We all have had trials, some may suggest more today than in recent history.  I will suggest that if you were granted an opportunity to have a “do over.”  Going back in life to remove a difficulty and could then see the life lessons that would be lost as a result; we would gladly take the trials or see them as blessings.

 Some of our greatest joy, our deepest learning and our foundation of faith have come by enduring these life lessons.  Don’t find yourself misunderstanding the value of experience; it builds your character.  Don’t take from yourself the need for trails; they both sustain you and bring fulfillment.

 Your trials may seem at the time they are lived to be insurmountable.  Know they aren’t and that they are times you would never give up if you understood what lie ahead.


October 1, 2010

If opportunity doesn’t knock, build a door. ~Milton Berle

Filed under: Business,Life,Nick Galieti — Nick Galieti @ 9:26 am
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As a musician, I grew up with teachers, church leaders, even other kids my age, telling me that I shouldn’t study music because musicians end up being poor. Later in life, I decided to learn sound engineering in order to have my own recording studio or to be a freelance sound engineer. In pursuing this avenue, a different, albeit similarly voiced group of individuals, told me, but you will have to go on tour or work late-long hours which won’t allow for a family. When I started into real estate, my parents questioned why, now with a family, I chose to get into a profession that has no regular income security like a salary/office job would have. Then I started to write a book and my in-laws started to wonder when I was going to get a real job.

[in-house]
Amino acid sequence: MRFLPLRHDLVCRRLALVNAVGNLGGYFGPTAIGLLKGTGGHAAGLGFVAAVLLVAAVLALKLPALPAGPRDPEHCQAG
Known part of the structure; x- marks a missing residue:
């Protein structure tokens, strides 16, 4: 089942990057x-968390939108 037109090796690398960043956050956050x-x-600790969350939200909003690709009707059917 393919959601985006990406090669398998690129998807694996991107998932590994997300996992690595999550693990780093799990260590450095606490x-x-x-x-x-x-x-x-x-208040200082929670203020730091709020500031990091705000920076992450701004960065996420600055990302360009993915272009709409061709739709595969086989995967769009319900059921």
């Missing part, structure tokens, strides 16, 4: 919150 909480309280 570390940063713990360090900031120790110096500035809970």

Overtime I started to realize that I was an opportunity junkie. I was so tired of being told that my professional choices were flawed that I sought out new opportunities to try and quench those that doubted. Seeking opportunities were more to make others happy with my life than it was for me.

Then I came across this quote from Milton Berle. “If opportunity doesn’t knock, build a door.” During this time of career shifting I continued to find that desk job that would make my in-laws happy, and the day job that would keep me around home. The more I tried, the more rejection I found. At some point I told myself, I can’t wait for some employer to find my value and to leave my future in his or her hands, and I don’t think that I would want some of the jobs that others were pushing me to find. Opportunity was not knocking at my door, so I went and built several doors. So I shifted my paradigm. I realized that there is a way to have a job with security, that keeps me close to my family, and can be in something that I love.

Now in 2010, I am hearing more knocking than I have ever before. I have my own recording and video production studio, a classic radio production facility, I have one documentary released with another being released later this year. My book is going to press and should be available before Christmas, and I have produced and recorded multiple albums this year. Nobody handed me these opportunities, I had to go make them happen. In tough economic times, we have the opportunity to make our own opportunities. Rather than be a victim of layoffs and unemployment, we can embrace the strengths we know we have and form the futures we have always wanted. This is not the promise of millions of dollars, but of satisfaction, of fulfillment, of lasting happiness.

Happy door building everyone!